"That first time, I tried to overthrow, the ball was up," said Hernandez, who has a 2.03 ERA in four spring starts. "After that, I just try to keep the ball down. That's what I want to do, keep the ball down."
Hernandez was efficient in following his "keep the ball down" mantra against a Yankees lineup that included Jacoby Ellsbury, Mark Teixeira and Ichiro Suzuki. Of the 16 batters he faced, Hernandez got 10 ground-ball outs.
Hernandez stuck with his sinker and it provided results.
"That's his pitch," pitching coach Bob McClure said.
Interestingly, Hernandez got away from his sinker in 2013 and relied on his changeup more than in the past.
According to PITCHf/x data, Hernandez threw his sinker 45 percent of the time last season, down from 2012 (59.4) percent. Meanwhile, his usage of his changeup increased, from 21.4 percent to 30.1 percent.
Hernandez was 6-13 with a 4.89 ERA with Tampa Bay last season; he had a 5.00 ERA in 23 starts before being demoted from the rotation.
With the very real possibility that Cole Hamels will miss all of April with biceps tendinitis and with shoulder injuries to Jonathan Pettibone, Ethan Martin and Miguel Alfredo Gonzalez this spring, the Phillies hope Hernandez sticks with the sinker and provides them with a dependable starter at an uncertain bottom half of the rotation.
Hernandez held the Yankees to one hit while striking out two and walking none in five innings. He didn't allow a baserunner until Scott Sizemore's single to open the sixth inning.
Hernandez left the game after the hit and was rewarded with warm applause from the 9,003 in attendance in Clearwater.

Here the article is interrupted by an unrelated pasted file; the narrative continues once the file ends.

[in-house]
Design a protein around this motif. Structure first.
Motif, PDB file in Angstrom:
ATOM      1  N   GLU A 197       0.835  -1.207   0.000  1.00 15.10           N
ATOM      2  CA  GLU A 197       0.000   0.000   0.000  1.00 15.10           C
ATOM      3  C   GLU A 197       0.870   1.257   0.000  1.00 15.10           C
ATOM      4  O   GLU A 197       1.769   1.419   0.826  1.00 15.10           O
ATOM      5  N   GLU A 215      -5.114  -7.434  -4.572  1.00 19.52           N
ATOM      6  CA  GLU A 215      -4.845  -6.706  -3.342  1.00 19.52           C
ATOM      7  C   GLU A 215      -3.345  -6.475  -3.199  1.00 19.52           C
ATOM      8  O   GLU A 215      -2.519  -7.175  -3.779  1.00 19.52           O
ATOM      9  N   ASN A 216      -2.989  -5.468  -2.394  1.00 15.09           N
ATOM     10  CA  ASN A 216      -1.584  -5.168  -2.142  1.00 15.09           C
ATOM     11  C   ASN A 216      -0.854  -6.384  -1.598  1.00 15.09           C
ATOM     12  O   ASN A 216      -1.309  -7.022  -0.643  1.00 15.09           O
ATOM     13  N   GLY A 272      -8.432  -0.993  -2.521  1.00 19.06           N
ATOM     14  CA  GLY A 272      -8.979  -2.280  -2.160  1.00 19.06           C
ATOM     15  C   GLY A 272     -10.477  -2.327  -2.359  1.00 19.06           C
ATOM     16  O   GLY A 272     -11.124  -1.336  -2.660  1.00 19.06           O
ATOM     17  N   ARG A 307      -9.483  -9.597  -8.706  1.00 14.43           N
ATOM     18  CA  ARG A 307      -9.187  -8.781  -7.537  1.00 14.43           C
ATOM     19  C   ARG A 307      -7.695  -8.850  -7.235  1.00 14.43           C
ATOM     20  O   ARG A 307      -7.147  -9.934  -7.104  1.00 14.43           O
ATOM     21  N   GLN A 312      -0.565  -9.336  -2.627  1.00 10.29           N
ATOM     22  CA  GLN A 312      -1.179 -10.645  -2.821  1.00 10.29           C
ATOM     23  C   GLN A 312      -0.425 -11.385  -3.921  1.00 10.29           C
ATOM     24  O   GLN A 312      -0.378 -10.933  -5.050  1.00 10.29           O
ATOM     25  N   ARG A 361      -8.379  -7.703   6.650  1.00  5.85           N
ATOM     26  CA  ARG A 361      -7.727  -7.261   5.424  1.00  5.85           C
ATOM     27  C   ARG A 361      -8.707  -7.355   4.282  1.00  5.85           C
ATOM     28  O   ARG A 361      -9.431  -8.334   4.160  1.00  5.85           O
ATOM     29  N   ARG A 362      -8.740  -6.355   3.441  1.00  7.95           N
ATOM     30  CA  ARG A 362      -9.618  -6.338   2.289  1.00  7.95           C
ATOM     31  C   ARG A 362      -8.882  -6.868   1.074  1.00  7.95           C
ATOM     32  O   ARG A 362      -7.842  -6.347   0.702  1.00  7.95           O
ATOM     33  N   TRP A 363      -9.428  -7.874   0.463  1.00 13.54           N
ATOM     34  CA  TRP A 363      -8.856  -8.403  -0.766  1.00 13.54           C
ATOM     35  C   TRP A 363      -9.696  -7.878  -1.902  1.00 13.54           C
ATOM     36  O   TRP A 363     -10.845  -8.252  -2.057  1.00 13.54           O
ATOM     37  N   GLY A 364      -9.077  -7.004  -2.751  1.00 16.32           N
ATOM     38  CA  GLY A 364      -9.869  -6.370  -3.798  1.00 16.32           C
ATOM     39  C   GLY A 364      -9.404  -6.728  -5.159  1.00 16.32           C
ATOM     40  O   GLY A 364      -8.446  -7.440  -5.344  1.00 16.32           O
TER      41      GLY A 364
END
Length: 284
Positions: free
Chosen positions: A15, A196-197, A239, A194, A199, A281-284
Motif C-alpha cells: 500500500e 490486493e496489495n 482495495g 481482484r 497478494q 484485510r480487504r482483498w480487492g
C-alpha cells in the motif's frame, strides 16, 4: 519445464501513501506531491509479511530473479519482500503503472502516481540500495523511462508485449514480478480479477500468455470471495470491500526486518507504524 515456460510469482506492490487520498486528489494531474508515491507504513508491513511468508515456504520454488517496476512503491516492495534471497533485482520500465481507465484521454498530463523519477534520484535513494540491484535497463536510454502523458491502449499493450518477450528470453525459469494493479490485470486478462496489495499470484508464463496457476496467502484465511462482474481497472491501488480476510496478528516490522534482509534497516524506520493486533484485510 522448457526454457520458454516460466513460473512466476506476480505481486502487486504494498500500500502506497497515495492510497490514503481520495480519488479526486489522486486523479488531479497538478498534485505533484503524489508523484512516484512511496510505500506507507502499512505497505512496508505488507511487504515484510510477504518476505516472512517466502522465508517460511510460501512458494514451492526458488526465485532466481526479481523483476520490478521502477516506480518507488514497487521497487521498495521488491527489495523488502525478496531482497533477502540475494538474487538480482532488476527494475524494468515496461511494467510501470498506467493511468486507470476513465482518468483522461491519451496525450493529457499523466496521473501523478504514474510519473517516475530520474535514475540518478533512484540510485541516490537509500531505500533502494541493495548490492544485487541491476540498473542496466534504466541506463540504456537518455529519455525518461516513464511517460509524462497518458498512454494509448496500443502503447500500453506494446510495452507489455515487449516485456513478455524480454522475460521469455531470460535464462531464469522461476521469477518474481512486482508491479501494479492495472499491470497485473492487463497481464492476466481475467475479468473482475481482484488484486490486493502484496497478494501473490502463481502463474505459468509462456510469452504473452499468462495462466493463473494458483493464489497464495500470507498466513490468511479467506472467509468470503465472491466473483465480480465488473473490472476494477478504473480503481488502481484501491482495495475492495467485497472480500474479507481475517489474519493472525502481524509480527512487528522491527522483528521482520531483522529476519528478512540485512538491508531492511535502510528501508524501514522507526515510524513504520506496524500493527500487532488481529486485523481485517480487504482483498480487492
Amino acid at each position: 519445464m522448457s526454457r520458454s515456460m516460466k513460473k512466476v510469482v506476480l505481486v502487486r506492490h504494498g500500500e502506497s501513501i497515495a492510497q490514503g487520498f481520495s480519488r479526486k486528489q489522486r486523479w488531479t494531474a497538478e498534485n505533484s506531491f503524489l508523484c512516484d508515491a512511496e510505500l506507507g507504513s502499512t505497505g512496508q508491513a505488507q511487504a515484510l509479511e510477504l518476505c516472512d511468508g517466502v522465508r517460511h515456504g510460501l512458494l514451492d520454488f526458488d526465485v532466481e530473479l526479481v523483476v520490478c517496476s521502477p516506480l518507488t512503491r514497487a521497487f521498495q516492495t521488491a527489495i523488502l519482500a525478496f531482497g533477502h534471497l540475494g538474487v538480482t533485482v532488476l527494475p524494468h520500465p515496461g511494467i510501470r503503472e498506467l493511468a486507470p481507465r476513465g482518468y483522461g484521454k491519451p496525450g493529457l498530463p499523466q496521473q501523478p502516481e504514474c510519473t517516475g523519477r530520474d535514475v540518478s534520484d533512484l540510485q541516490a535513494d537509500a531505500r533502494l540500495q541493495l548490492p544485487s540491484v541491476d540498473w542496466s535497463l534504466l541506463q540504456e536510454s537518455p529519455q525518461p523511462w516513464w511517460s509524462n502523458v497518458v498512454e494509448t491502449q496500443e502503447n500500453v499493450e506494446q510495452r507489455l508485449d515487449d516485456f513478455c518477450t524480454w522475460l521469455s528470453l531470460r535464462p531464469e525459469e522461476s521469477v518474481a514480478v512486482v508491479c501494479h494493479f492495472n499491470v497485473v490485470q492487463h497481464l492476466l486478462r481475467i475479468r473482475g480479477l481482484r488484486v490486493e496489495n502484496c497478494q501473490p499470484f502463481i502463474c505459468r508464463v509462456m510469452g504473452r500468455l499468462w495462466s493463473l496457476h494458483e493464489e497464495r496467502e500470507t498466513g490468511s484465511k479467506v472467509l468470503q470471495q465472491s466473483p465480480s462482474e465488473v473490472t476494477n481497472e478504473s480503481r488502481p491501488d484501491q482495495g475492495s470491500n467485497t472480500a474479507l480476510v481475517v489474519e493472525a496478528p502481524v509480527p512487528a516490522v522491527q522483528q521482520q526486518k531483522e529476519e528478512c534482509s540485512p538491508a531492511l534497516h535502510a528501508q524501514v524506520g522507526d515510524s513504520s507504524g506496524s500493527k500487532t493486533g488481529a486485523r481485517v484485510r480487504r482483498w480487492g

"That was the sharpest I had seen him," manager Ryne Sandberg said. "It was a nice outing for him."
Miguel Alfredo Gonzalez is unsure when he'll pitch next.
The rookie righthander who entered camp as the international man of mystery, never having thrown a pitch in the United States, has become one of the latest pitchers in camp to have his spring training progress stalled. Gonzalez said he felt pain in the front of his right shoulder while throwing long toss on Tuesday.
"I felt a pinch," Gonzalez said.
Gonzalez left camp a day later after a short workout. General manager Ruben Amaro Jr. said he had anterior shoulder soreness, but was checked out by the medical staff and listed as day-to-day.
But Gonzalez said yesterday he wasn't sure when he would get back into a Grapefruit League game. Although he is hopeful to rebound in the final 2 weeks of camp, Gonzalez is a longshot to make the Opening Day roster.
"As long as I'm here, I feel like I have an opportunity," he said. "[The injury] is something out of my control. I feel like as long as I'm still here I have a shot."
Gonzalez, 27, has allowed five runs on six hits and six walks in two Grapefruit League games this spring. He was signed to a 3-year, $12 million deal as a free agent out of Cuba in August.
According to pitching coach Bob McClure, Cole Hamels' left arm responded well yesterday following Wednesday's bullpen session - the pitcher's first time throwing off a mound in 11 days. But McClure did not have a date for when Hamels would throw again. Hamels, who entered camp behind schedule and then complained of fatigue last week, is likely to begin the season on the disabled list, but would like to pitch in a Grapefruit League game before the Phillies break camp March 27. Barring a setback, Hamels is likely to throw another 'pen session this weekend . . . A day after hitting a triple in Sarasota against the Orioles, Domonic Brown went 2-for-2 with a walk in the Phillies' 6-2 win over the Yankees. Brown entered play on Wednesday hitting .080 (2-for-25) this spring . . . Although the Phillies entered play Tuesday last among all major league teams in hitting and runs per game this spring, three regulars finished yesterday hitting above .320: Ben Revere (.323), Carlos Ruiz (.333) and Marlon Byrd (.345).
On Twitter: @ryanlawrence21